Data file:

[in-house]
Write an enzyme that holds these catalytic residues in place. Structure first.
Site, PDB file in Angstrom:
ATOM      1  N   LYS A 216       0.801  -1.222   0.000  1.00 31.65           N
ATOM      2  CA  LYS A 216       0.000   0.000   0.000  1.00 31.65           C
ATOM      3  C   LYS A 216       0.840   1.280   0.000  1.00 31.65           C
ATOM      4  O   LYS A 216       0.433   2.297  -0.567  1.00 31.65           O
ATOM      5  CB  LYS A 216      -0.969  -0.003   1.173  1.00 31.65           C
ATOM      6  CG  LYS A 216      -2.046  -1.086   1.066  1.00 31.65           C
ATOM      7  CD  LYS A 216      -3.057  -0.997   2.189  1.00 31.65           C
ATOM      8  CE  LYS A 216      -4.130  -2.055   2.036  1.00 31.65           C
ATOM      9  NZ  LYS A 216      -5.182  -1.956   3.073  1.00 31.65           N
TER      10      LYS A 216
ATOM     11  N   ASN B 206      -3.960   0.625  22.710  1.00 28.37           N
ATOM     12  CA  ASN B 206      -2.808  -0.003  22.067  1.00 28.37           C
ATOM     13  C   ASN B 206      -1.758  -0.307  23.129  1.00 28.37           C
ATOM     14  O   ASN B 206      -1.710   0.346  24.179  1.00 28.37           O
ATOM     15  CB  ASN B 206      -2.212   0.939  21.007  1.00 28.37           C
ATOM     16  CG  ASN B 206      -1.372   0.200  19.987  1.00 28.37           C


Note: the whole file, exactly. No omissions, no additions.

[in-house]
Write an enzyme that holds these catalytic residues in place. Structure first.
Site, PDB file in Angstrom:
ATOM      1  N   LYS A 216       0.801  -1.222   0.000  1.00 31.65           N
ATOM      2  CA  LYS A 216       0.000   0.000   0.000  1.00 31.65           C
ATOM      3  C   LYS A 216       0.840   1.280   0.000  1.00 31.65           C
ATOM      4  O   LYS A 216       0.433   2.297  -0.567  1.00 31.65           O
ATOM      5  CB  LYS A 216      -0.969  -0.003   1.173  1.00 31.65           C
ATOM      6  CG  LYS A 216      -2.046  -1.086   1.066  1.00 31.65           C
ATOM      7  CD  LYS A 216      -3.057  -0.997   2.189  1.00 31.65           C
ATOM      8  CE  LYS A 216      -4.130  -2.055   2.036  1.00 31.65           C
ATOM      9  NZ  LYS A 216      -5.182  -1.956   3.073  1.00 31.65           N
TER      10      LYS A 216
ATOM     11  N   ASN B 206      -3.960   0.625  22.710  1.00 28.37           N
ATOM     12  CA  ASN B 206      -2.808  -0.003  22.067  1.00 28.37           C
ATOM     13  C   ASN B 206      -1.758  -0.307  23.129  1.00 28.37           C
ATOM     14  O   ASN B 206      -1.710   0.346  24.179  1.00 28.37           O
ATOM     15  CB  ASN B 206      -2.212   0.939  21.007  1.00 28.37           C
ATOM     16  CG  ASN B 206      -1.372   0.200  19.987  1.00 28.37           C